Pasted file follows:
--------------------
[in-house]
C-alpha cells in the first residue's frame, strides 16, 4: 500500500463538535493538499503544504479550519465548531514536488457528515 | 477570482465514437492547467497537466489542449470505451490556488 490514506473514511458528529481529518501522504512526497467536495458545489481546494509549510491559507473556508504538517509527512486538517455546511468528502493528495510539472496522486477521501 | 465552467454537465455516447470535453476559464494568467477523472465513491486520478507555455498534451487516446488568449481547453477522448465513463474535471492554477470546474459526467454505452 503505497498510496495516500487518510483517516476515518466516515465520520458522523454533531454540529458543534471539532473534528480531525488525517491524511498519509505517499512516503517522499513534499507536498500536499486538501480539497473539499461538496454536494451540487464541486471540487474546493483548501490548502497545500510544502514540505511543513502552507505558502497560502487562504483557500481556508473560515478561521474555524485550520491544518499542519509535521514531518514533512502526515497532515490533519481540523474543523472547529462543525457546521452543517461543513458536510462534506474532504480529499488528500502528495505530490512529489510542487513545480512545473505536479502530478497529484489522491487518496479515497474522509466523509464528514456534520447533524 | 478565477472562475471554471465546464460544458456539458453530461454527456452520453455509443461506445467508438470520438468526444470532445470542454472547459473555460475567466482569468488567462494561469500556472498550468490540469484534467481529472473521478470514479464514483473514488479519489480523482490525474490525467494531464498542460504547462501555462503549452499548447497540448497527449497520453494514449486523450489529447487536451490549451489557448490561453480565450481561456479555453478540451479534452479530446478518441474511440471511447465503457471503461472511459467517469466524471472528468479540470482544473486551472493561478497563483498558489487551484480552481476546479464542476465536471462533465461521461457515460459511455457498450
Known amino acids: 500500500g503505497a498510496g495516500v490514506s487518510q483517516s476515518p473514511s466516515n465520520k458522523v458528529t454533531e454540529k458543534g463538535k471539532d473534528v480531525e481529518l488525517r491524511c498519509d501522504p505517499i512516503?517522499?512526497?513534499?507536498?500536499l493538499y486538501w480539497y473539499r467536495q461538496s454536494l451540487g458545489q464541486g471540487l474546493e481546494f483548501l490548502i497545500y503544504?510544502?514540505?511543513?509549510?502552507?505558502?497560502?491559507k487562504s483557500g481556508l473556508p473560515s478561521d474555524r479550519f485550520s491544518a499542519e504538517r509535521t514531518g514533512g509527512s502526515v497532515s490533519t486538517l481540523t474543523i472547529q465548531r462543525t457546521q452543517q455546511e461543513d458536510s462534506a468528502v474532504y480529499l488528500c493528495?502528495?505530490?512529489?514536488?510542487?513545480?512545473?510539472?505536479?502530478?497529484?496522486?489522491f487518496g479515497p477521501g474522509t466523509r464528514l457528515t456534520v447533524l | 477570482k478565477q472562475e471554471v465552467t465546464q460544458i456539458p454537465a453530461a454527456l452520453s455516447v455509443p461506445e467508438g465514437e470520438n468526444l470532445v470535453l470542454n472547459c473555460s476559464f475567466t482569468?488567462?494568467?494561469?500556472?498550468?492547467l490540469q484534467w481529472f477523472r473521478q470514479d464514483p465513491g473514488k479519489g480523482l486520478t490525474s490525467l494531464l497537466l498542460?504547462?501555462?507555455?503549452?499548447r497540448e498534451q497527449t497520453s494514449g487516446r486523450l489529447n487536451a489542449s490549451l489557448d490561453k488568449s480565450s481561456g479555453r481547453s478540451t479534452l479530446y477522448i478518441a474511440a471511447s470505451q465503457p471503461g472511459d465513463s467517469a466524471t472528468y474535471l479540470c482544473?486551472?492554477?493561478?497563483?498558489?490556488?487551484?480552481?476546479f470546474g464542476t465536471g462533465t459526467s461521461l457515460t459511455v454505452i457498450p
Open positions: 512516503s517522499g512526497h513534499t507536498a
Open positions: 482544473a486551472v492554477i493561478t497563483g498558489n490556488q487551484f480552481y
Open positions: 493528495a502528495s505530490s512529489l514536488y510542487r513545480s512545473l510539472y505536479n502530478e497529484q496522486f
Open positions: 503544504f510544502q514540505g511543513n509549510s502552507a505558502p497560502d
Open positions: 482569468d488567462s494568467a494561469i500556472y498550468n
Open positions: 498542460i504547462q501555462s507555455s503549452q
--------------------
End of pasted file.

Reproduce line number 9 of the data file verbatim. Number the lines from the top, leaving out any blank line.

Open positions: 498542460i504547462q501555462s507555455s503549452q